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Running in 7th gear on a 9spd

Recently realized I could run all my loads at 50mph no problem I have a 2013 cascadia dd15 8spd I like 48mph, 50mph in 8th has me at 1000rpm and 48mph has me at 1350-1370 in 7th gear is that more fuel efficient and I'm hurting my transmission or engine in anyway shape or form doing this...

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Not sure why you would. All the gears are made from the same material. I run an 18 speed in 16th all the time at normal road speed. Eaton's senior engineer is on record that running in direct like I do, the transmission will run cooler and there is no problem. And let's face it, if you were normally running in 9th and you started working serious hills, you would drop a gear or two anyway, so is yanking that heavy load over a big hill in 7th going to rip up that transmission? Logic would say no. So, I can see no problem with doing what you are doing.

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What about fuel efficiency better or worst?

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Back to the original post, if you are running in direct gear you should be more efficient. Track it for a few weeks to a month with each. As for drive-ability of the truck, 8th seems impractical as that's likely at the bottom or below the power band for the engine.

I'll agree with Jerzy on one point he made, using scangauge or just simply driving the truck based on the boost would improve mileage. Read over this article by Bruce Mallinson on cruise control, http://www.tenfourmagazine.com/PerfZone/...

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Get a scangauge. It's so easy to learn how to drive any truck for its best mpg that "sweet spot" and similar questions are obsolete imo.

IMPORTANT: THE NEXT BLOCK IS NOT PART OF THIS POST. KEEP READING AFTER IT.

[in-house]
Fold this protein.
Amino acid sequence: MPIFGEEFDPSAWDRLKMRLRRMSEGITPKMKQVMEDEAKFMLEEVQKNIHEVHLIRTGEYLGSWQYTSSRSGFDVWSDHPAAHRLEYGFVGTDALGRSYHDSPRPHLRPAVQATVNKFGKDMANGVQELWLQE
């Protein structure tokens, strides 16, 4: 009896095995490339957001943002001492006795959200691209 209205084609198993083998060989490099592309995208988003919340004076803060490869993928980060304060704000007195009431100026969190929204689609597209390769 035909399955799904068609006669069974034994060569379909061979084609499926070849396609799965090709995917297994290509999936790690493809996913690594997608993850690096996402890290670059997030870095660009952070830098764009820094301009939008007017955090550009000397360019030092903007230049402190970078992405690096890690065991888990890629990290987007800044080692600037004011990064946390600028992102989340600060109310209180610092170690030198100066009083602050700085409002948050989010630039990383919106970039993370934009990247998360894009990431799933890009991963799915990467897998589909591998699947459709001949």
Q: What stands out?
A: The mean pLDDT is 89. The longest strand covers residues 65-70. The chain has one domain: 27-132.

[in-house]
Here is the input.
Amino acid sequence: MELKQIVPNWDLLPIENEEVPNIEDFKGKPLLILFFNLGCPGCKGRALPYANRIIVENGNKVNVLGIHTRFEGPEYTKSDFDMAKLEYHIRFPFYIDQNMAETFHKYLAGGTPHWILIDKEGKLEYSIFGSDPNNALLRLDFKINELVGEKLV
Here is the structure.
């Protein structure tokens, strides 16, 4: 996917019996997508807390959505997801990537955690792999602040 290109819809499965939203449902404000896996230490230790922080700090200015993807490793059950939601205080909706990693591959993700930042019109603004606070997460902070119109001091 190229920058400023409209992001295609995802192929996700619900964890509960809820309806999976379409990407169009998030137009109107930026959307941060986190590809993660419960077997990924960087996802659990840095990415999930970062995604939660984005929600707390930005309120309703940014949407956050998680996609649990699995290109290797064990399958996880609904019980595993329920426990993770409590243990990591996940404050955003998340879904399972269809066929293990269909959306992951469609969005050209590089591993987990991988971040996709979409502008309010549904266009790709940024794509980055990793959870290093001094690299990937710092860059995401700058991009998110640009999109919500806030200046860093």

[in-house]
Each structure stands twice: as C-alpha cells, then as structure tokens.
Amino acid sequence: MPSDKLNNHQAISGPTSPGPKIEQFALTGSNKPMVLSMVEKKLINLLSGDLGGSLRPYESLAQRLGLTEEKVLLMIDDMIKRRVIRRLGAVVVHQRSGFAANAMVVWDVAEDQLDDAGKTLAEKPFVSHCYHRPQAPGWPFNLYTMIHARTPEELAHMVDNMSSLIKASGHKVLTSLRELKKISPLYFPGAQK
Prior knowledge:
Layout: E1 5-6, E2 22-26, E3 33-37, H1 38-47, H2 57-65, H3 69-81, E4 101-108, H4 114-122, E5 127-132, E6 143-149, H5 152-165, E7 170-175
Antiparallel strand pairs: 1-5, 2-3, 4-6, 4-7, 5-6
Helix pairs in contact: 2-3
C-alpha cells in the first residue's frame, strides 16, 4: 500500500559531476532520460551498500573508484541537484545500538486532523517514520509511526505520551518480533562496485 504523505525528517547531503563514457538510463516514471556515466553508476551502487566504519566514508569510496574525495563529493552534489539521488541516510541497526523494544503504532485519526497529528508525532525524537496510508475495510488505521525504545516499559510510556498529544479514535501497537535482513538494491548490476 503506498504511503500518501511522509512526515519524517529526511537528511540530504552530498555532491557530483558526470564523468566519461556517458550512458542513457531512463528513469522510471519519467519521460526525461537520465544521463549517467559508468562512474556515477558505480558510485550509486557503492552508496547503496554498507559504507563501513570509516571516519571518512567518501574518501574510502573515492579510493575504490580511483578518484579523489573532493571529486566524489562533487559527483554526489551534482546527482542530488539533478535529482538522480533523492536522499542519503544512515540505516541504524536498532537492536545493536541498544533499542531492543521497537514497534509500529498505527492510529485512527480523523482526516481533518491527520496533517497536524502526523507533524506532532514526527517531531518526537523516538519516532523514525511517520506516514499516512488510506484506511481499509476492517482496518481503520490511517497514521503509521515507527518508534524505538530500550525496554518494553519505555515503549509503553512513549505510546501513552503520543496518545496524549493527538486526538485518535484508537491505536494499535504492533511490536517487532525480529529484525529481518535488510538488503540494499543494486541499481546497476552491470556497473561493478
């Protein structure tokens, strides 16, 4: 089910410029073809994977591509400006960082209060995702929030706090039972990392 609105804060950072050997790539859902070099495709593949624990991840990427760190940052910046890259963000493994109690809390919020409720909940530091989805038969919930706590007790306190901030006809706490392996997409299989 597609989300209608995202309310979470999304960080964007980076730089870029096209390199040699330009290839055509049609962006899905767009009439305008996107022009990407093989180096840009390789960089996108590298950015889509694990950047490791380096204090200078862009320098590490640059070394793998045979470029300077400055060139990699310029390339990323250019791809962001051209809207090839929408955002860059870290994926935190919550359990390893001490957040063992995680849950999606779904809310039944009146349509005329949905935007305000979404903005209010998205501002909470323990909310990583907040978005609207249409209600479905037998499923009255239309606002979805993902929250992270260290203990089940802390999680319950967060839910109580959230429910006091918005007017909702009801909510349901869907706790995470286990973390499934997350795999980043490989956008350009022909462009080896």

I know it's your decision but "safety first". Drving that slow even in a 55mph state is dangerous to you and the traffic around you.

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Heck, driving the speed limit is slow in most areas. And there is no way I am going to run with the flow everywhere.

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I disagree that driving slower is a hazard. I'm with Kevin on this one. Now there is a minimum speed in some states but a car or truck driving slow is not the hazard. It's the people not paying attention to the vehicles in front of them that are the hazard.

Any intelligent person should be able to scan the road in front of them and determine that the vehicle in their lane is travelling at a slower than they are and have plenty of time to change lanes.

I'll keep my money in my pocket and my stress levels down because I wont have to worry about it.

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Dangerous to me Hhmmm ok interesting...speed limit is not a mandate but a limit. Nothing illegal or unsafe about it it's everyone response ability to pay attention to the road. Funny enough I've been doing 50mph for three weeks now and I've had more close encounters with big rigs than four wheelers, which tells me they are the biggest were less group of ppl on the road, too complacent and not paying attention while behind the wheel of the 40ton missle they drive. Id Really like to see how that would stand in court. Ill stay at 50 and keep my 9.0mpg

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So you start of like you're sceptical about your safety and then say you've had a few close ones...which i don't doubt. In court you'll win - if you survive another truck plowing into you - because as long as you're going above the minimum speed limit it's the other guys fault.

And yes, we all need to pay attention but with a speed limit of 65 mph or more it's not common to see someone going so slow. Even though how you drive is legal you may still get a ticket for obstructing traffic (in heavy traffic and depending on cop).